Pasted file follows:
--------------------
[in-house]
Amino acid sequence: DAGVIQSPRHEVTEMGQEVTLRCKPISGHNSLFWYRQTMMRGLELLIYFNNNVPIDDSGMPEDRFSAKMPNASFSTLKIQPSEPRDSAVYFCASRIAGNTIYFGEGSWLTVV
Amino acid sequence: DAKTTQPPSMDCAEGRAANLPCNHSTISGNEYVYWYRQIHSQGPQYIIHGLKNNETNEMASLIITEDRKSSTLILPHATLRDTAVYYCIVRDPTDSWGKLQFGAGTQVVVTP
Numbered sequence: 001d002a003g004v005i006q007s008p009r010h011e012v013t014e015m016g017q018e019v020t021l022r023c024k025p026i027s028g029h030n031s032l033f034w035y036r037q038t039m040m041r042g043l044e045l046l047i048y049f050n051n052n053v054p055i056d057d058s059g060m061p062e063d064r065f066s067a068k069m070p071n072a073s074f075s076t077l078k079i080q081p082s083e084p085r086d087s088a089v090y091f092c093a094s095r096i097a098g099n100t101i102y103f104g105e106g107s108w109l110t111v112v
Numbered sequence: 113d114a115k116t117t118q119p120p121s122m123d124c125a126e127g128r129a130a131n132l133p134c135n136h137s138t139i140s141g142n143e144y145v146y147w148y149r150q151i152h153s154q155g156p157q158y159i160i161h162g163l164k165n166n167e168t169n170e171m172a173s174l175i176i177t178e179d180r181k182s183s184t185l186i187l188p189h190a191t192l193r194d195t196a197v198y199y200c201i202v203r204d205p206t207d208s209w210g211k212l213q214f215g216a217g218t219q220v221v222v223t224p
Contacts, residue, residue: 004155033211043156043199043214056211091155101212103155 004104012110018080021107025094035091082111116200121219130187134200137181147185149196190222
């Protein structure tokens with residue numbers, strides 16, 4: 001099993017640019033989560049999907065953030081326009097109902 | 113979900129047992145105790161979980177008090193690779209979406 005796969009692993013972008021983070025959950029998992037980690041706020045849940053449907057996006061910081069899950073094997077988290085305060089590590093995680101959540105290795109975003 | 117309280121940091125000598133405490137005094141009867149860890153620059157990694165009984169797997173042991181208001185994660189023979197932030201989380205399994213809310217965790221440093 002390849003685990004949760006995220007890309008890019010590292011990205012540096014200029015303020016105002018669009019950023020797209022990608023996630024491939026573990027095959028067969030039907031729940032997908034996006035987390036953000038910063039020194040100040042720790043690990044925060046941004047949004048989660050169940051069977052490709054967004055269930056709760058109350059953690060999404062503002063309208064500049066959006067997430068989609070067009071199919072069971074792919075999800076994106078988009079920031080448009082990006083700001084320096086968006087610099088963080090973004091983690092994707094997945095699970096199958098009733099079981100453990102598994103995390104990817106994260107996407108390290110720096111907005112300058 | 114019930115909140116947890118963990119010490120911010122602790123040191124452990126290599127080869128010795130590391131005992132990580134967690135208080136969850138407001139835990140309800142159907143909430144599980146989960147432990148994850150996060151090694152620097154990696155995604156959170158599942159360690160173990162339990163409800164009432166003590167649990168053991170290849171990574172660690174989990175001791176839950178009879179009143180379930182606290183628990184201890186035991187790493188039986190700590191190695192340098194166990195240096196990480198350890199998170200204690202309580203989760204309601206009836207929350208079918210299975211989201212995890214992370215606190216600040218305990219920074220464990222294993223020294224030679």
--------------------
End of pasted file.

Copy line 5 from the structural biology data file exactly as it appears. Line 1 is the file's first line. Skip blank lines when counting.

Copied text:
Numbered sequence: 113d114a115k116t117t118q119p120p121s122m123d124c125a126e127g128r129a130a131n132l133p134c135n136h137s138t139i140s141g142n143e144y145v146y147w148y149r150q151i152h153s154q155g156p157q158y159i160i161h162g163l164k165n166n167e168t169n170e171m172a173s174l175i176i177t178e179d180r181k182s183s184t185l186i187l188p189h190a191t192l193r194d195t196a197v198y199y200c201i202v203r204d205p206t207d208s209w210g211k212l213q214f215g216a217g218t219q220v221v222v223t224p